6. 6. Technical Debt TemplateID TD identification numberResponsible Person or role who should fix this TD itemType design, documentation, defect, testing, or other type ofdebtLocation List of files/classes/methods or documents/pagesinvolvedDescription Describes the anomaly and possible impacts on futuremaintenanceEstimatedprincipalHow much work is required to pay off this TD item on athree point scale: High/Medium/LowEstimatedinterestamountHow much extra work will need to be performed in thefuture if this TD item is not paid off now on a threepoint scale: High/Medium/LowEstimatedinterestprobabilityHow likely is it that this item, if not paid off, will causeextra work to be necessary in the future on a threepoint scale: High/Medium/LowIntentional? Yes/No/Don’t Know
    7. 7. Results I
    8. 8. Results II
    9. 9. Discussion Tools would have facilitated the discovery of all the importantdefect debt and about half of the design debt, as reported bydevelopers. Tools would not have found any of the other types of debtdeemed important by developers Developers reported spending a reasonable amount of timedocumenting the Technical Debt items, but found principal andinterest hard to assess Bottom line: No silver bullet – need a variety of tools andhumans To identify Technical Debt To interpret Technical Debt To decide what’s important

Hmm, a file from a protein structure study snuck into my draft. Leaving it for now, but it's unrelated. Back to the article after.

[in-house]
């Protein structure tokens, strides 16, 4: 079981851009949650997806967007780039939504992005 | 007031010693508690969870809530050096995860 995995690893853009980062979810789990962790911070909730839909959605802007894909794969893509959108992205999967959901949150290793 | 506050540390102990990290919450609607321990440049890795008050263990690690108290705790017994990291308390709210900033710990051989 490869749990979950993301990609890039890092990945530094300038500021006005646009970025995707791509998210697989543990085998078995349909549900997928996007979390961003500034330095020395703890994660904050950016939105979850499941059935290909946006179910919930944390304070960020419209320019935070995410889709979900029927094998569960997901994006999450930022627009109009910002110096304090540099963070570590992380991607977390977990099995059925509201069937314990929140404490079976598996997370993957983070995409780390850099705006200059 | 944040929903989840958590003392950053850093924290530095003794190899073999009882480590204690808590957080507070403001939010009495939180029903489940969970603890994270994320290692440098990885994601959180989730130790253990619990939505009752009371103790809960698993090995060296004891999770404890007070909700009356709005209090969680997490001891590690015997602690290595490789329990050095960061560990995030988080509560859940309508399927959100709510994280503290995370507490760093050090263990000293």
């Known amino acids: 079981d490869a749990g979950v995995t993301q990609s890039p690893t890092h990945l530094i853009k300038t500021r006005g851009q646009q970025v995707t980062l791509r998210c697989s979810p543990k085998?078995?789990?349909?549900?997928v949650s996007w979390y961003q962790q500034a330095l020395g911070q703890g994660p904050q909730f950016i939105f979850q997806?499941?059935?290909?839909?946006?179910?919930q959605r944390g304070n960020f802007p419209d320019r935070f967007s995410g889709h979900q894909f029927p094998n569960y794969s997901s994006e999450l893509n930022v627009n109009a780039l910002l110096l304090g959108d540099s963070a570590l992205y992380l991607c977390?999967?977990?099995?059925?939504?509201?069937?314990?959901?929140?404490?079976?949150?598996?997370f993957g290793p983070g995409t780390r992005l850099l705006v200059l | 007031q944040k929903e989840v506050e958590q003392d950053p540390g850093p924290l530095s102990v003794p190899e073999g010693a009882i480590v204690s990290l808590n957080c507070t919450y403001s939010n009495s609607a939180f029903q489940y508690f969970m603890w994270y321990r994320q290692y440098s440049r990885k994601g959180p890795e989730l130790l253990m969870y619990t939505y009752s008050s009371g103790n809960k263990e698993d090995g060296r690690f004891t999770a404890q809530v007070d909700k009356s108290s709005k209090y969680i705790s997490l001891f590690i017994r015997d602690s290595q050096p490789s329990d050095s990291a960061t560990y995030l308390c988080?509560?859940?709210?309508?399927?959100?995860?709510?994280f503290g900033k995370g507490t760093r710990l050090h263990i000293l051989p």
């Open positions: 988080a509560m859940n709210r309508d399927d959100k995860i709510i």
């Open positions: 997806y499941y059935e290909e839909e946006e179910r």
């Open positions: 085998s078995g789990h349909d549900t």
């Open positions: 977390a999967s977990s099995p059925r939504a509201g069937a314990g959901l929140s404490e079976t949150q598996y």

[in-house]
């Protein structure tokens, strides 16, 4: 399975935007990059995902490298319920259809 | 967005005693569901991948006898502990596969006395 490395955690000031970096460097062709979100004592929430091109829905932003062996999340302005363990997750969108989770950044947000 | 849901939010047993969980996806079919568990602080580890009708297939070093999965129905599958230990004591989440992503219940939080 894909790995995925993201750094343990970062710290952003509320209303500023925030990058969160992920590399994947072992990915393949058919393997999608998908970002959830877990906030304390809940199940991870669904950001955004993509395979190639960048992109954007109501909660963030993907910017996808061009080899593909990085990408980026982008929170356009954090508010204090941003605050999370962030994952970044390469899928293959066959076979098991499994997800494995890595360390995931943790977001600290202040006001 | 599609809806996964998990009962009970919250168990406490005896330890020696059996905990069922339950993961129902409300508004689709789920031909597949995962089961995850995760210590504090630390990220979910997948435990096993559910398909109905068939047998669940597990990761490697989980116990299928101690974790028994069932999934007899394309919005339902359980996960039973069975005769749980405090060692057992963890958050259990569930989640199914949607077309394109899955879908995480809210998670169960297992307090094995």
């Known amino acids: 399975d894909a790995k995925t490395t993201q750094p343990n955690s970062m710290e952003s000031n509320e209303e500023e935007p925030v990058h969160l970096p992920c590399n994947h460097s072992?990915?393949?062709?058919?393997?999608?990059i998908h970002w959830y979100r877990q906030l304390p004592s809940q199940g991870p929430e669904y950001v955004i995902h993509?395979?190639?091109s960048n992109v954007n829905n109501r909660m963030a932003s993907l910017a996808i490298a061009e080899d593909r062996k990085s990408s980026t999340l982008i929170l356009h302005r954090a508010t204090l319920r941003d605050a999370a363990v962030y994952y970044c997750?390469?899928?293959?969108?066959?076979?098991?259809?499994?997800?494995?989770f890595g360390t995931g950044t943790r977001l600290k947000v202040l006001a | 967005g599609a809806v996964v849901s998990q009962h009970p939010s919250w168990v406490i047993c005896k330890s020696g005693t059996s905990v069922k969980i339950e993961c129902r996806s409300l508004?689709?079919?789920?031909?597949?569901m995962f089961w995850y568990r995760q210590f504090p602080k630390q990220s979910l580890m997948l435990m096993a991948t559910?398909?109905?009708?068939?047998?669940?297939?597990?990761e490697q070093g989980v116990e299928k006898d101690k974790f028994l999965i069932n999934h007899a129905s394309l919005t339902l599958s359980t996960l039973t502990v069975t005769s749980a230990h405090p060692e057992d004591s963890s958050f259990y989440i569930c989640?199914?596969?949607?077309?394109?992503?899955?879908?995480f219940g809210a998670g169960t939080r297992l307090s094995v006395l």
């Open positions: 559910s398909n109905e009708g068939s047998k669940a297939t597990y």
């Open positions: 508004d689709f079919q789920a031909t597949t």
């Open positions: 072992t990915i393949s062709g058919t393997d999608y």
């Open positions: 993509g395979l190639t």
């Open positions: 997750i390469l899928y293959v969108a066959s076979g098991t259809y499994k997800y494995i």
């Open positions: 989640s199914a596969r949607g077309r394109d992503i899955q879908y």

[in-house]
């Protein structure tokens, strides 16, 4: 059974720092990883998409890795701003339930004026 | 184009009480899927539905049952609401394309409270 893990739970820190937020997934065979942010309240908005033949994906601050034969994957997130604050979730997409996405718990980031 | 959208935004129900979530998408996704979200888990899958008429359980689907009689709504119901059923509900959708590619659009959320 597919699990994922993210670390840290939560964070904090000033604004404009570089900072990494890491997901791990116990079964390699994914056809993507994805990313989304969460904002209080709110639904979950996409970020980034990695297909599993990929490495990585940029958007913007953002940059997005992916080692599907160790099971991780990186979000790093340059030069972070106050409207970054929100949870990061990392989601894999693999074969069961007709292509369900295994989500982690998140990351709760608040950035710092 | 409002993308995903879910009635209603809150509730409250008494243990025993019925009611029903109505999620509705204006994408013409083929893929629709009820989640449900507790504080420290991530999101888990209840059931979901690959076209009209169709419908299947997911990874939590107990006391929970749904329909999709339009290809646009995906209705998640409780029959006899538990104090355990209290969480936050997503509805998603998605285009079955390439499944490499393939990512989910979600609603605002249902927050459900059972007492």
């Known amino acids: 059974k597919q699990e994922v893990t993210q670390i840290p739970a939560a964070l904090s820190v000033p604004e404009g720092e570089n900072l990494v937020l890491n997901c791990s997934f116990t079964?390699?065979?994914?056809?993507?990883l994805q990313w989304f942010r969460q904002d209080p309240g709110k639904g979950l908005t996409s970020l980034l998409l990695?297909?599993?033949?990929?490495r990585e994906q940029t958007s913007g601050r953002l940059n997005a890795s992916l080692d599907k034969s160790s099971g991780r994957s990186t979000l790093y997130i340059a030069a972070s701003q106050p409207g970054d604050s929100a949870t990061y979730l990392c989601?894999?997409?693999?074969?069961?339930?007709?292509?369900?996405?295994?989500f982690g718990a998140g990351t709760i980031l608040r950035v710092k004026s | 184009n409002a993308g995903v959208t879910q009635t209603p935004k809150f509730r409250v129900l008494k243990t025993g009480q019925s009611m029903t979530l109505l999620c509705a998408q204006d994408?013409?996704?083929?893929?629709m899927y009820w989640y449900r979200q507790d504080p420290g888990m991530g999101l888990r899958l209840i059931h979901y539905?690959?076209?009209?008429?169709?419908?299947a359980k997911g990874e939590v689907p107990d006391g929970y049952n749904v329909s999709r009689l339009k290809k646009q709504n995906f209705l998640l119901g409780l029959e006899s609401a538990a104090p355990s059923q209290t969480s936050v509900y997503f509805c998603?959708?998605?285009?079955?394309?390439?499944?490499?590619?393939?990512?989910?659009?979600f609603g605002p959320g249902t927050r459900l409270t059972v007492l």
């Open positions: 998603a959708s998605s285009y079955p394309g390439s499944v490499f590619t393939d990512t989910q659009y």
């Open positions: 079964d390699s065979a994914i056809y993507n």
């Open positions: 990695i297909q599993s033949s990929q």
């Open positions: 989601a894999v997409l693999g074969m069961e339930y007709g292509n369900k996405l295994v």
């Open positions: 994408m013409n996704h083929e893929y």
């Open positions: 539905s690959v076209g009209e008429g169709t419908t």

10. 10. Conclusion A study investigating and comparing different approaches toidentifying Technical Debt Tools – ASA, code smells, and metrics Human elicitation – developers reporting the most importantinstances Tools can’t replace humans, but may find things that humans miss Aggregation, not consensus, is an appropriate approach tocombining the Technical Debt items reported by differentdevelopers Next step: a focus group with the developers to get their feedbackon the results
    11. 11. Thank you!Questions?